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Why do processes like roasting and calcination require a temperature lower than the melting point? Since intermolecular forces are lower in a liquid won't it be easier to oxidise (roasting) / decompose (calcination) in this state than in a solid?

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  • $\begingroup$ If you melt it ,the product is a complicated slag , rather than a low sulfur ore. $\endgroup$ – blacksmith37 Nov 27 '19 at 16:36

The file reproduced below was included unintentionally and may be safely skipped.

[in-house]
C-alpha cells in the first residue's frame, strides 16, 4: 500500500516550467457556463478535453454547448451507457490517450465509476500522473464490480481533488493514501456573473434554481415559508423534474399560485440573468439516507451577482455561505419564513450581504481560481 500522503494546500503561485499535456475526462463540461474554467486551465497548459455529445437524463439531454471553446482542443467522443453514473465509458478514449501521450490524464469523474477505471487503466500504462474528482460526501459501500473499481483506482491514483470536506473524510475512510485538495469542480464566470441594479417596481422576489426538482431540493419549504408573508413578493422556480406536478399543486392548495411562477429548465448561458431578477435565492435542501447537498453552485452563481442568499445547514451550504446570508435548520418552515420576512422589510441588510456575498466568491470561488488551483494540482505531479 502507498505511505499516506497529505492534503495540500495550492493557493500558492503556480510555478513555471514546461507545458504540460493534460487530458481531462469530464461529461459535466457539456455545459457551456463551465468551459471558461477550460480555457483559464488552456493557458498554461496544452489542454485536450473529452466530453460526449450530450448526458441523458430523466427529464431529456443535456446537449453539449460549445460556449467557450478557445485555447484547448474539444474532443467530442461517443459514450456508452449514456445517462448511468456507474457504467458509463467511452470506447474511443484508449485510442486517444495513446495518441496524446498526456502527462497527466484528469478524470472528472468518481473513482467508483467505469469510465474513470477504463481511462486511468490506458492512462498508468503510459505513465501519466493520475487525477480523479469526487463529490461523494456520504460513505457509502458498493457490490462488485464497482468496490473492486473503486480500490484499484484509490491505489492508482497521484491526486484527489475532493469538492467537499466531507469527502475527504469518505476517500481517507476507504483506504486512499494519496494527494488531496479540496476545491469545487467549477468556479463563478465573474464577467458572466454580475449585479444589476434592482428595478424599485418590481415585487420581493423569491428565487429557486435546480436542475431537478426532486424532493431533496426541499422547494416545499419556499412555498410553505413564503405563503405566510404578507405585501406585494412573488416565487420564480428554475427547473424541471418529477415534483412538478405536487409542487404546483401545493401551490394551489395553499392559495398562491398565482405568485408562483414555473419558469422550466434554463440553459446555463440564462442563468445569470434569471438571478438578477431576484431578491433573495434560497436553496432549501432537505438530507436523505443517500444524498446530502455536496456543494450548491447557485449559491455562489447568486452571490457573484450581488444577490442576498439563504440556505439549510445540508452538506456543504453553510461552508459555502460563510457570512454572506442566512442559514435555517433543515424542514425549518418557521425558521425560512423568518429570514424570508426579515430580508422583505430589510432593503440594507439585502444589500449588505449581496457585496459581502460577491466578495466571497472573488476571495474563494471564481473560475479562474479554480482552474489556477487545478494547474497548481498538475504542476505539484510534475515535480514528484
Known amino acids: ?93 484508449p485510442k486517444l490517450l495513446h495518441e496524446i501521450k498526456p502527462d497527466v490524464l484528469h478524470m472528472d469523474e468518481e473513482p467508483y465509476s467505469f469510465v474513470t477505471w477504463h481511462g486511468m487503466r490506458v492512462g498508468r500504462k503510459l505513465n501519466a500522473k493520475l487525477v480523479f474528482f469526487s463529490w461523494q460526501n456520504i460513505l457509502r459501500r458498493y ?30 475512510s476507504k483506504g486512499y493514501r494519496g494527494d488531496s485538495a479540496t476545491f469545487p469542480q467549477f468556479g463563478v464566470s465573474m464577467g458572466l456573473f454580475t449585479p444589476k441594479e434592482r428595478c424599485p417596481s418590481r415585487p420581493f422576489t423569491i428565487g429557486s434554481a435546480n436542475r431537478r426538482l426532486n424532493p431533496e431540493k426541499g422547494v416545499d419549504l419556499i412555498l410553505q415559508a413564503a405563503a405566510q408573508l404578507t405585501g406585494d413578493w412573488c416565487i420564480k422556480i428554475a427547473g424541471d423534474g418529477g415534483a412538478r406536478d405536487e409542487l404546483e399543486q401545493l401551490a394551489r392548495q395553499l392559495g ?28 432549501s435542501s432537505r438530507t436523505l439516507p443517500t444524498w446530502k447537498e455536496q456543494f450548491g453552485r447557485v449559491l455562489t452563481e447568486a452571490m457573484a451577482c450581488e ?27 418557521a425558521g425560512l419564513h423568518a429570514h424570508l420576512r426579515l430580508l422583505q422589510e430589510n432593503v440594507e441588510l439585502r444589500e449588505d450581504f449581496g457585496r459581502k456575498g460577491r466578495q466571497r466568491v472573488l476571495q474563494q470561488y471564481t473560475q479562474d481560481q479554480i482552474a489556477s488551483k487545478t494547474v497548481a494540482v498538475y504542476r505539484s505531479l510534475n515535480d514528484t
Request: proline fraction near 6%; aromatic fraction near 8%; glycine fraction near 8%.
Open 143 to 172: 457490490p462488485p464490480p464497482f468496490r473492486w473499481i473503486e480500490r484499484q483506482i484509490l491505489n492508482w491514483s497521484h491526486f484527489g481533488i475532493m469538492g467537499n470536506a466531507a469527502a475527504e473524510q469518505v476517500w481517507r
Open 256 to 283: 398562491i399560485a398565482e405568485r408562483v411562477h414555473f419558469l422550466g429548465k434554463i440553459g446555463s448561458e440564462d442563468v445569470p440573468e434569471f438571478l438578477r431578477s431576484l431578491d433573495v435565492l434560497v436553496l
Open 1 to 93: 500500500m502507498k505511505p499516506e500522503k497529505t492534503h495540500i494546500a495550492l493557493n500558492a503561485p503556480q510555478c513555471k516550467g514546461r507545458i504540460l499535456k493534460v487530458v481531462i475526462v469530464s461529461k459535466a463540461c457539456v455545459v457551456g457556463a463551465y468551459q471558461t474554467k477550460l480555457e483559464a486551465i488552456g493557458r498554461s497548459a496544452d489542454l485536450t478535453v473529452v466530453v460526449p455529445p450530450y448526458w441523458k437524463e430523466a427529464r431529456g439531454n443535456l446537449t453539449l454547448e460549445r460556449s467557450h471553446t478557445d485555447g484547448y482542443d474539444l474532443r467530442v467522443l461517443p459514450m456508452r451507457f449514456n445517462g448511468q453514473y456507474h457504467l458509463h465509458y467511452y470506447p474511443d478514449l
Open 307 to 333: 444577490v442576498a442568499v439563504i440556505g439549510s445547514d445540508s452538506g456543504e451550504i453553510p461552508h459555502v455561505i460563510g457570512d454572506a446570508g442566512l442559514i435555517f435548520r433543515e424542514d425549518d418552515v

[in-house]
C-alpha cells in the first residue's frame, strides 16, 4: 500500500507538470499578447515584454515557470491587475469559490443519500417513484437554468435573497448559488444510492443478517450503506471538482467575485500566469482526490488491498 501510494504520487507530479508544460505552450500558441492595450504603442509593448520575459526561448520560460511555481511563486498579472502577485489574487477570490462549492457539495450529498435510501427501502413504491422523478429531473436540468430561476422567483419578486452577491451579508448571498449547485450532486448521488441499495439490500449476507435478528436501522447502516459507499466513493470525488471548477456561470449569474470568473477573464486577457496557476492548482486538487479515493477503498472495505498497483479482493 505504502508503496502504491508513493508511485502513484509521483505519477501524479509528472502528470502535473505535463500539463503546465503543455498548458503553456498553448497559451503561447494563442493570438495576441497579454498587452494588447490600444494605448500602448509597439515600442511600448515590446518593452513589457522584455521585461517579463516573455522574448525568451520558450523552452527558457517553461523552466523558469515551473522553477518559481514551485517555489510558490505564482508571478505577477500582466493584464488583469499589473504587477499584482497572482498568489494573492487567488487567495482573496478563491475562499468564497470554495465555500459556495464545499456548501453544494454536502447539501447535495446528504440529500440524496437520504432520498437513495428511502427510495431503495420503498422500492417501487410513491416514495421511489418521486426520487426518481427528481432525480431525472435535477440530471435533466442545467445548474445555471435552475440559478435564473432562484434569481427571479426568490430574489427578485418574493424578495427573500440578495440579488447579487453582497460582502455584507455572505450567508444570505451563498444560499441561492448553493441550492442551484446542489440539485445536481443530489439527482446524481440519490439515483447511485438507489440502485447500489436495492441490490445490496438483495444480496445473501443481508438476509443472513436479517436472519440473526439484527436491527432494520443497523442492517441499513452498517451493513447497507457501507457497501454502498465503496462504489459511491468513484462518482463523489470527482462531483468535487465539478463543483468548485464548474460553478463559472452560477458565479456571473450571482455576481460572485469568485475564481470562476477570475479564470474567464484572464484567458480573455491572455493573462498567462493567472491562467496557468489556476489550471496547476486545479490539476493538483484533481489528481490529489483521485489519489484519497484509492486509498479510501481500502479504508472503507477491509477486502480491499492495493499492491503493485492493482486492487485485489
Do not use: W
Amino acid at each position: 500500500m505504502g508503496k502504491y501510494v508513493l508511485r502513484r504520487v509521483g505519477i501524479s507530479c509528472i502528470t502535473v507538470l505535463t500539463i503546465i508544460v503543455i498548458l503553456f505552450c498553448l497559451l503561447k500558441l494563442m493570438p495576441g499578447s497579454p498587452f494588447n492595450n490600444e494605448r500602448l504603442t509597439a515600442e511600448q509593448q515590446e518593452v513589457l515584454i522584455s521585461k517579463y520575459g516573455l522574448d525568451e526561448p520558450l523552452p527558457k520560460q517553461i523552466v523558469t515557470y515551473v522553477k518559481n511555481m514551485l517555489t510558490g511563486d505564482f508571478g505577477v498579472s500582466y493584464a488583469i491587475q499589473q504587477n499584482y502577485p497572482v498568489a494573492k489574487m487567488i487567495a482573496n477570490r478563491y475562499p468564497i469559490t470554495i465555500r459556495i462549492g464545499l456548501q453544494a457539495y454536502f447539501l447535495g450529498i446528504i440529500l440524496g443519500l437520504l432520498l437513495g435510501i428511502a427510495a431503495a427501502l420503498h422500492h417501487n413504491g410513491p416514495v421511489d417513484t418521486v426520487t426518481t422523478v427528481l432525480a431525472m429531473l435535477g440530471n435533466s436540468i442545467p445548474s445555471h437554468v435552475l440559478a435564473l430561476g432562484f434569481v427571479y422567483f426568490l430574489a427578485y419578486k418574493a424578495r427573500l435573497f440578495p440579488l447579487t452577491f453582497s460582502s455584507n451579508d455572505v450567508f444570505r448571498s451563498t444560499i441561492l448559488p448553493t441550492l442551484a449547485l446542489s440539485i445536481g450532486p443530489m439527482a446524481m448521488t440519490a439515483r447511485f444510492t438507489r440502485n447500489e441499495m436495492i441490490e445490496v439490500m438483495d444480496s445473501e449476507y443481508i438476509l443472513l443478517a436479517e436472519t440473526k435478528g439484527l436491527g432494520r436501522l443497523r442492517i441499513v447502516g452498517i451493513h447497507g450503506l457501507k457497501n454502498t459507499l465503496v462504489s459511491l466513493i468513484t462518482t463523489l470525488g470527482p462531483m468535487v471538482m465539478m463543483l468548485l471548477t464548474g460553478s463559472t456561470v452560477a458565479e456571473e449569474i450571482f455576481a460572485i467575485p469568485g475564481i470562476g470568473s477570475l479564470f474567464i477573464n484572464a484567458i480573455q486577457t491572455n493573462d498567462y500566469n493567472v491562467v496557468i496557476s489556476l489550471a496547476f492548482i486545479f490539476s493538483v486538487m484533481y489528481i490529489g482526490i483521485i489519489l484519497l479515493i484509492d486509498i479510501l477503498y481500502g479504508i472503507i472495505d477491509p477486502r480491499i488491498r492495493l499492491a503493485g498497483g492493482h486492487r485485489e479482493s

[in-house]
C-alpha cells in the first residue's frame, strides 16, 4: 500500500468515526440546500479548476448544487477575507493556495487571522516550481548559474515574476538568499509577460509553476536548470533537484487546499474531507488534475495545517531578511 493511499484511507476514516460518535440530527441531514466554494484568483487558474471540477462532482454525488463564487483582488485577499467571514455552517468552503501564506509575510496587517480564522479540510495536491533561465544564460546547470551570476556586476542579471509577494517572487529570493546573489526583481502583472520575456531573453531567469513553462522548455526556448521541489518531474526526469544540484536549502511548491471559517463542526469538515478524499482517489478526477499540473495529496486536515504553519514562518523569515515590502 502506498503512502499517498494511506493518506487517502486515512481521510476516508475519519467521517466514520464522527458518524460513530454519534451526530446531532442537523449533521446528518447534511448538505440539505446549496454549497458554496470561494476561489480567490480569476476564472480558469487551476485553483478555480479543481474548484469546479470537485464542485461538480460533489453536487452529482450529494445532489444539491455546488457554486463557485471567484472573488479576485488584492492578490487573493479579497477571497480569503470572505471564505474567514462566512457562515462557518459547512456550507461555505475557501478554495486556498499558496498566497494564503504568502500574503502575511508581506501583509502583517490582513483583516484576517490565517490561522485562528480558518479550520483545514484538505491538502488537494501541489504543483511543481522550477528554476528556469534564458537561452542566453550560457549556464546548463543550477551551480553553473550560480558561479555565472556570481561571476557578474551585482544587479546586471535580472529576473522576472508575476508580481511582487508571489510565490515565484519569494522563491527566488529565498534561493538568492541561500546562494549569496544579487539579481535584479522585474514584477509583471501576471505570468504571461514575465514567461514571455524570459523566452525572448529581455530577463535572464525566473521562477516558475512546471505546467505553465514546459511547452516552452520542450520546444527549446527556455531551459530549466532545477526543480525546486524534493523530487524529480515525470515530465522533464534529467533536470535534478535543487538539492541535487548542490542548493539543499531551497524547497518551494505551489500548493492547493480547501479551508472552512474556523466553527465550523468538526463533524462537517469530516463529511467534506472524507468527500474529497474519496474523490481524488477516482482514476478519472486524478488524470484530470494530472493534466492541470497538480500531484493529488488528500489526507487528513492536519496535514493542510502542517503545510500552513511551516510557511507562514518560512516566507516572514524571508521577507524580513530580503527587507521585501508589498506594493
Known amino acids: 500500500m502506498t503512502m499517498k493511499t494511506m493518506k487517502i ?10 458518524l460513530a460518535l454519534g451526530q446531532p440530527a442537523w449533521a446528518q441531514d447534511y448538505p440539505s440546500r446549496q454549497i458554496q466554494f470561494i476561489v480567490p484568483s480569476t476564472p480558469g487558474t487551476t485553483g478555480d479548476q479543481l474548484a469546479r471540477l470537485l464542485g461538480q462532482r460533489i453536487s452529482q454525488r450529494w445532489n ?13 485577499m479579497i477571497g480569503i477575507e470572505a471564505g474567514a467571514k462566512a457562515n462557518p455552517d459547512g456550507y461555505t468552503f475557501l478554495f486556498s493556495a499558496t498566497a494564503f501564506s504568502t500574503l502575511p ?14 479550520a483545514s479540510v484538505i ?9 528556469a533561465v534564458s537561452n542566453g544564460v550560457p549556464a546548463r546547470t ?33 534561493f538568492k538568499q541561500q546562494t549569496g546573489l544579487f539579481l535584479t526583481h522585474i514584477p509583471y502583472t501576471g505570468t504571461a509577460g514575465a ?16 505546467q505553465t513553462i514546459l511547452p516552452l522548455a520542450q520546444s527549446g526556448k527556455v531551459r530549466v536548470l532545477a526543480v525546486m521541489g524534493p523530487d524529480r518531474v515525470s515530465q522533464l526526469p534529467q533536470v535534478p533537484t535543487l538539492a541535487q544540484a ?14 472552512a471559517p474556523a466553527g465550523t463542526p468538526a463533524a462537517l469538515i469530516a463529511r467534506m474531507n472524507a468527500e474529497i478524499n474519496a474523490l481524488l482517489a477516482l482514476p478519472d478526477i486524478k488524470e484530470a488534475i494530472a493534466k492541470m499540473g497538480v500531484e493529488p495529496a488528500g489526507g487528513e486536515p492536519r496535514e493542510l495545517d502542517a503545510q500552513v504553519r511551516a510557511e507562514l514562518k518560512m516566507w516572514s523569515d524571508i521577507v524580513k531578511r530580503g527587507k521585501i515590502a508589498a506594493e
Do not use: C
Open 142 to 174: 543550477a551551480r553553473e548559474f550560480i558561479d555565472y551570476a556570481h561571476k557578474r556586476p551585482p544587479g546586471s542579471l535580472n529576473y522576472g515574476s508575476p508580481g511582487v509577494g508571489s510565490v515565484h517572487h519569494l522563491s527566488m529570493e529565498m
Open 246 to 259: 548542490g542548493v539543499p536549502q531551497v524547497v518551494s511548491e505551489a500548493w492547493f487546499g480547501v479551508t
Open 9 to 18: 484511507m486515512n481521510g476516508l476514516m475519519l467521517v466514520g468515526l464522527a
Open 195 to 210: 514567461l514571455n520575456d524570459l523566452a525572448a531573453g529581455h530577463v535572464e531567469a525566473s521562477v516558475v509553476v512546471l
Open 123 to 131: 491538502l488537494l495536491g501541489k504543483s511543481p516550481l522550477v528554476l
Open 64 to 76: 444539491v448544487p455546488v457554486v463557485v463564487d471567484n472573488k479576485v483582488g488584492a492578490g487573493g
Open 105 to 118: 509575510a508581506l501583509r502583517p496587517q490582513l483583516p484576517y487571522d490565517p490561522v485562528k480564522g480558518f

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Reason 1:

For example if you have an porous ore and you melt it, the surface area will decrease dramatically. If you just roast it, the surface area will stay about the same.

A higher surface area will aid calcination proceses as more oxygen gets into contact with the surface and will eventually react.

Reason 2:

A higher temperature means more energy to heat the ore and this means it costs more money.

Reason 3:

Some oxides will volatilize when temperature is high (e.g. litharge).

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